MOREE COMMUNITY LIBRARY HITTING THE ROAD TO ISOLATED COMMUNITIES

MOREE COMMUNITY LIBRARY HITTING THE ROAD TO ISOLATED COMMUNITIES

Library services in the Moree Plains Shire will soon hit the road thanks to a State Government grant – Moree Library Officer Sarah Dean, left, Mobile Library Officer Adam Quinn, Northern Tablelands MP Adam Marshall and Acting Regional Library Manager Lana Aksenova.

Wednesday, 22 July 2020

A GOOD book will soon only be a bus ride away for residents in isolated areas of the Moree Plains Shire, thanks to a $117,515 State Government grant to establish a Mobile Library Service, announced today by Northern Tablelands MP Adam Marshall.

Mr Marshall said a specially-designed bus would be purchased by Moree Plains Shire Council and travel the district, offering services which were currently provided through the Moree Community Library.

“Being able to pop into a library at your leisure and borrow a book or other materials should not be something which is only available to those who live in town,” Mr Marshall said.

“In an effort to reduce educational disadvantage Moree Community Library has piloted a very successful outreach program over the last two years, partnering with Gwydir Mobile Preschool to deliver library books to remote residents who attend mobile preschool sessions.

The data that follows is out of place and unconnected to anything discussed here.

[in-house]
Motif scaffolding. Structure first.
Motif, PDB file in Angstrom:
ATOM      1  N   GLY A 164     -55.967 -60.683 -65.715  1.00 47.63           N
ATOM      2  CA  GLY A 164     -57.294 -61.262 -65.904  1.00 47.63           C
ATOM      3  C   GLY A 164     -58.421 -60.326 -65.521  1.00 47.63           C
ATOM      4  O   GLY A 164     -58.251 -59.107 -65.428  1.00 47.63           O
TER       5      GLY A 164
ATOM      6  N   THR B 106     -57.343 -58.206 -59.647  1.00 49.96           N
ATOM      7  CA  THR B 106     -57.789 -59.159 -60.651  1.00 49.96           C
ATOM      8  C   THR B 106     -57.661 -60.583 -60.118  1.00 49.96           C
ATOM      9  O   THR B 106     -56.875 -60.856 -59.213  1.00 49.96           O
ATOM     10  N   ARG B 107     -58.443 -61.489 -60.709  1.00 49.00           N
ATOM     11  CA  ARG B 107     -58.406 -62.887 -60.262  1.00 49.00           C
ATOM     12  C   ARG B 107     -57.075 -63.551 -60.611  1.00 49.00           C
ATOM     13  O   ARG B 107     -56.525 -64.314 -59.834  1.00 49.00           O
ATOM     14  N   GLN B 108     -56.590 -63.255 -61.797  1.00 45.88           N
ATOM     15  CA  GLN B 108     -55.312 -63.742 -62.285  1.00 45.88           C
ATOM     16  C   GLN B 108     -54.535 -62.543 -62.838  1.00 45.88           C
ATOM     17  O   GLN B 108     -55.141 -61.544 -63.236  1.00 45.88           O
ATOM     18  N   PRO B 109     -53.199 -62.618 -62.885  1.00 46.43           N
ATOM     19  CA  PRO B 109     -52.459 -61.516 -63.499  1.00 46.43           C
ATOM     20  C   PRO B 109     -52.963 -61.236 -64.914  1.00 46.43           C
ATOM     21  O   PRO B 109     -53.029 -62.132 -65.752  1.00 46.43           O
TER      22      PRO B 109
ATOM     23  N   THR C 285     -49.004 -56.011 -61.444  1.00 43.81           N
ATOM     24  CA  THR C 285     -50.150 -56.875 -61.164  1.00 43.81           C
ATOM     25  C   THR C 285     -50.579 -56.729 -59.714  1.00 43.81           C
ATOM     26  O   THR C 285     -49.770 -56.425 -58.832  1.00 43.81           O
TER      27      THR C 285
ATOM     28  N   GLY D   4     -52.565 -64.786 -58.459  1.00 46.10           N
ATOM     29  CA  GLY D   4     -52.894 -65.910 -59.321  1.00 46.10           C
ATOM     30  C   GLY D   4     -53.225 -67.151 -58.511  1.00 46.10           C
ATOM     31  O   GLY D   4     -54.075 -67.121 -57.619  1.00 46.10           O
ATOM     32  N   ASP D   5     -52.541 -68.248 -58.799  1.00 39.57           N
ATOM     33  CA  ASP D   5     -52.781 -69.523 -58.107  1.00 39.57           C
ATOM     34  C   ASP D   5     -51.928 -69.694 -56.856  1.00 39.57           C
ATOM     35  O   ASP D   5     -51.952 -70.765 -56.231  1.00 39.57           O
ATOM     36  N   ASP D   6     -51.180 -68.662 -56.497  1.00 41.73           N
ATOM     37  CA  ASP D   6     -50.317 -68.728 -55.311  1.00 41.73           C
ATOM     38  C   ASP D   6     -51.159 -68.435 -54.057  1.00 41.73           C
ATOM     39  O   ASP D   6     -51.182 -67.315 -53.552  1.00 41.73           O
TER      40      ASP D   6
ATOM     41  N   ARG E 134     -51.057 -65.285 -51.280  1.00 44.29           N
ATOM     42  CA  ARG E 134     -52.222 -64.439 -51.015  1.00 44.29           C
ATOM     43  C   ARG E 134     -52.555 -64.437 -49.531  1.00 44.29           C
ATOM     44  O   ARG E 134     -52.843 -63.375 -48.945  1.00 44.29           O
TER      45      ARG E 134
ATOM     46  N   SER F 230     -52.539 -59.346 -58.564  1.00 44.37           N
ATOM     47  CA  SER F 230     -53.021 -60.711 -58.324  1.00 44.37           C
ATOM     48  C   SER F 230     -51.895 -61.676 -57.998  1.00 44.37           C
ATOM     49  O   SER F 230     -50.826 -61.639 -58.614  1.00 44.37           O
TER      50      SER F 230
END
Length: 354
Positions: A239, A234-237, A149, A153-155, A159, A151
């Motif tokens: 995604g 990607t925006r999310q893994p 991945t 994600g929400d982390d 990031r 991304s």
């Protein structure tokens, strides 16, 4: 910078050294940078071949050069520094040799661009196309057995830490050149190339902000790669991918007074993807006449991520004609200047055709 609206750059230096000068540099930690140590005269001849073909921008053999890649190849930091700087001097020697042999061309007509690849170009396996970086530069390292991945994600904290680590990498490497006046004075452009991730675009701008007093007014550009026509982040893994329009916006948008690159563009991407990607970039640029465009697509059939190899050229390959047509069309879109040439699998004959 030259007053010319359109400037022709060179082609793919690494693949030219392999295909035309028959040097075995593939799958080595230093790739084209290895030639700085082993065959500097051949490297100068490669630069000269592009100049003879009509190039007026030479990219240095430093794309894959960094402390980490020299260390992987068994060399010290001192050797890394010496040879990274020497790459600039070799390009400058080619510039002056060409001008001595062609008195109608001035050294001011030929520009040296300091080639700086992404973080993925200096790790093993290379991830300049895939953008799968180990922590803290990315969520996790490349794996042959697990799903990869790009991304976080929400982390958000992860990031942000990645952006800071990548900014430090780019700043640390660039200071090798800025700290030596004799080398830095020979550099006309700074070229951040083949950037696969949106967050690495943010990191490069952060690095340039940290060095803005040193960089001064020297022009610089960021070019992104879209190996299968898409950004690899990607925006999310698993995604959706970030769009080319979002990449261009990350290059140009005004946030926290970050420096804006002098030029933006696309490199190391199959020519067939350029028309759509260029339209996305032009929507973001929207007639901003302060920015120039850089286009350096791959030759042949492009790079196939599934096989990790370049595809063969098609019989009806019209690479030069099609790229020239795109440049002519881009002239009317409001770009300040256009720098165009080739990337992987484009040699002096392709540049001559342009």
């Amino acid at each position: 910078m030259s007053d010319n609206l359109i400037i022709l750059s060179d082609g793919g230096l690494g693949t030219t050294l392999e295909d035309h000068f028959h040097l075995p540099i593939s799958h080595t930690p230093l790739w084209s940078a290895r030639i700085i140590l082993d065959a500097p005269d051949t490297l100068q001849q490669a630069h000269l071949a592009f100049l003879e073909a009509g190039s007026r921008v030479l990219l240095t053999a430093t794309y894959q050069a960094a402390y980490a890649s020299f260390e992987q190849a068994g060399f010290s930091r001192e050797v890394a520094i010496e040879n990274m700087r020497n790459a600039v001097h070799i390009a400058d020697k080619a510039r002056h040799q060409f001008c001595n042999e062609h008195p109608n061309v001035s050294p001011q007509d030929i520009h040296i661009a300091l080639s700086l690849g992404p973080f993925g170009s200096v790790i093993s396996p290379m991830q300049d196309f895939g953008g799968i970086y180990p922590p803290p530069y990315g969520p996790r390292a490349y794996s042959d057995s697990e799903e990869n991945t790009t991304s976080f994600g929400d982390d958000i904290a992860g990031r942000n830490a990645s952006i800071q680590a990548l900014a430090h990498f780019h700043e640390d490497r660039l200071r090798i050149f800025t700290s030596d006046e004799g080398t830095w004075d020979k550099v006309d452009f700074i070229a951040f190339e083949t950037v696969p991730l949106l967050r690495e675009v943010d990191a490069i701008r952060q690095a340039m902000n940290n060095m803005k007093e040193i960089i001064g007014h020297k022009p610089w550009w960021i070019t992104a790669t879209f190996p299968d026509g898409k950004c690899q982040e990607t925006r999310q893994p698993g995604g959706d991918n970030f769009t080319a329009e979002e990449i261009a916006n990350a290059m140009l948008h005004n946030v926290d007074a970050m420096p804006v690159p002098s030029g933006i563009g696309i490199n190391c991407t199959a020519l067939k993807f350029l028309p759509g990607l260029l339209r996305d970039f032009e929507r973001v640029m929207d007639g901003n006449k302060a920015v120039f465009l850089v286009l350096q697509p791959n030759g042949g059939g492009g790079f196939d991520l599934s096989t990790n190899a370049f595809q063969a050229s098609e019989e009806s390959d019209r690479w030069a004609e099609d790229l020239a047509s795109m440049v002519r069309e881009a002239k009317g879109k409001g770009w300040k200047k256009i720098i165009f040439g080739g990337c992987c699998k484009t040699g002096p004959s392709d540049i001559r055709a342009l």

“The State Government is now supporting council to buy its own bus, which will be fitted out with all the mod-cons including automated wheelchair access, energy saving solar panels to charge technology and an automated awning to provide staff and visitors protection from the weather.

“Due to the size of the shire it’s not going to take long to run up the odometer with Council planning to park up at Bullarah, Mallawah, Pallamallawa, Gurley, Boggabilla, Tulloona, Boomi, Garah, Ashley, Mungindi and Weemalah, while also servicing Fairview Retirement Village, Moree PCYC, Gwydir Day Care and various community events.

“I commend Moree Plains Shire Council for the effort it is making to increase access to its services and more importantly improve educational outcomes for residents.”

Mr Marshall said the first year of the new service would act as a trial, while council staff devised a travel schedule which best suites the community.

“The whole point of this bus is to make reading more accessible to the community, so it is important the schedule reflects days when parents will definitely be in town for playgroup or when community organisations might be meeting,” he said.

“The final routes would be determined after consultation with residents at each location and Council approves funding for the operational costs of the vehicle.

“Everything going to plan, the Mobile Library will have its shelves stacked with quality reads and will be on the road early 2021.”

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